A Calgary man avoided jail time after pleading guilty to possession for the purposes of trafficking of almost six kilograms of marijuana in Revelstoke court last week.
Kelly P. O’Brien, 23, was handed a nine month conditional sentence, including a period of house arrest after being caught in a vehicle with 5,896 grams of marijuana and $2,380 in cash.
The sentence was a joint submission by federal Crown counsel and O’Brien’s defence lawyer. Justice Mayland McKimm accepted the proposed sentence, and said it was a sign of society’s changing attitudes on drugs.
“I would suggest if this had taken place three or four years ago, you’d be spending four or five years in a penitentiary,” he said. “But, as I say, the world is quickly changing and the law has to adjust with that.”
O’Brien was arrested on Jan. 29 when he was stopped on the Trans-Canada Highway while driving a Cadillac Escalade with tinted front windows. The arresting officer could smell marijuana and a search of the car found one duffel bag with 220 grams of marijuana and $2,380 cash, and a second bag with 5,676 grams of marijuana.
Prosecutor Nick Vlahos said that in light of the early guilty plea and O’Brien’s lack of criminal record, that Crown was only asking for a nine month conditional sentence.
Chris Johnston, O’Brien’s lawyer, said that the crime “was an opportunity thing” and noted his clients good grades in school, volunteerism and participation in organized sports.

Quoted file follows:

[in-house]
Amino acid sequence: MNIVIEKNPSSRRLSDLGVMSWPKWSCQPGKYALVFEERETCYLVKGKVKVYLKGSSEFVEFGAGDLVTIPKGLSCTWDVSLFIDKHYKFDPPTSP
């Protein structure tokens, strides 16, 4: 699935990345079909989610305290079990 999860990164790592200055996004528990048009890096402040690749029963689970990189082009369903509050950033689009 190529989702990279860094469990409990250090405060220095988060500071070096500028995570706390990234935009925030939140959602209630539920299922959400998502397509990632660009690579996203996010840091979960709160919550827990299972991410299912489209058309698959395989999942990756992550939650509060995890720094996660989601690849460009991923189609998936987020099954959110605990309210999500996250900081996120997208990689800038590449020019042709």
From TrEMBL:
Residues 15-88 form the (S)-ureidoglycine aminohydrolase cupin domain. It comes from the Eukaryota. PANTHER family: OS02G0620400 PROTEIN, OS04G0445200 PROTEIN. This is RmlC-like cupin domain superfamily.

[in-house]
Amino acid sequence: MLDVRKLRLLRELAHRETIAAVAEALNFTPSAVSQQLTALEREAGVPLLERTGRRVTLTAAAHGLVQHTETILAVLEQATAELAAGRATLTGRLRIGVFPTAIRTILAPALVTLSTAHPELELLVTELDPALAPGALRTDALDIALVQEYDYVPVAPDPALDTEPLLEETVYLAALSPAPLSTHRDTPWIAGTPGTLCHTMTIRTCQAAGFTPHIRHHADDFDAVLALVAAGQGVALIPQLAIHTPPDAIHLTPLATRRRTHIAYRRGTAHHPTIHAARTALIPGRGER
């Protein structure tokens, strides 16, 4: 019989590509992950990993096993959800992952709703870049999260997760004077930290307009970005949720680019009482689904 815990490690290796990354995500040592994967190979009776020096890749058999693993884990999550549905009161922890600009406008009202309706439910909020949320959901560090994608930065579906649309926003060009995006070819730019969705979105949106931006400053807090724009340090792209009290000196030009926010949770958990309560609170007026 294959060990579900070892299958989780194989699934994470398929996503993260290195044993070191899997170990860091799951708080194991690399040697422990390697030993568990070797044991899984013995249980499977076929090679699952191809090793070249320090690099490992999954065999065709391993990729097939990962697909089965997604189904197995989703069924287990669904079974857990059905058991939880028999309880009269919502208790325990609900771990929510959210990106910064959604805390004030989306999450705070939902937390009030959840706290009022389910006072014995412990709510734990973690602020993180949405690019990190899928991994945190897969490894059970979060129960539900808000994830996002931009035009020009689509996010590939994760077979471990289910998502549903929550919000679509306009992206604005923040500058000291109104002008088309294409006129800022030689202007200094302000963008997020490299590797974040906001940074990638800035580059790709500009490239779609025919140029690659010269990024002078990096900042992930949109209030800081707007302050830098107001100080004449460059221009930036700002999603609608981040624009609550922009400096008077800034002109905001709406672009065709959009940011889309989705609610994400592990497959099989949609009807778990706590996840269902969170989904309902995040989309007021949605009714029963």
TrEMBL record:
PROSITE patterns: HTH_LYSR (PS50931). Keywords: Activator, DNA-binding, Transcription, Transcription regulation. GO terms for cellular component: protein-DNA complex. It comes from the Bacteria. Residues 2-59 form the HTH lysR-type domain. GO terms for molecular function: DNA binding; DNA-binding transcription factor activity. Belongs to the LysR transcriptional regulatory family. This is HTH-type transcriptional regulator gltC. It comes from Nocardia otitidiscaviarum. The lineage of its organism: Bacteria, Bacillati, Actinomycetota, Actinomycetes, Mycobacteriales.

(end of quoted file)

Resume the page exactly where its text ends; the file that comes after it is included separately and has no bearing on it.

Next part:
“Mr. O’Brien thought it was a quick way to make some money as a transporter, rather than actually being involved in the business,” said Johnston.
O’Brien apologized for his actions and said he was trying to put it behind him. “I want to apologize and from here on out I want to try and better myself,” he said.
McKimm was skeptical that it was a one-time thing for O’Brien, noting the quantities of drugs and money were large. He also noted other cases where people were given discharges despite being caught with large quantities of pot.
“We’re at a time in our evolution of our attitude towards drugs that it’s becoming difficult to comprehend how those principals of sentencing ought to apply,” said McKimm. “I am sending this man to live at home and work in the oil patch in Fort MacMurray to a highly paying job, which I assume is how this young man is able to buy a Cadillac Escalade, or how he was able to get $2,380 in cash, which most citizens don’t carry around.”
Despite that, he handed down a nine month conditional sentence, allowing O’Brien to travel to work in Fort MacMurray, but otherwise confined to his home.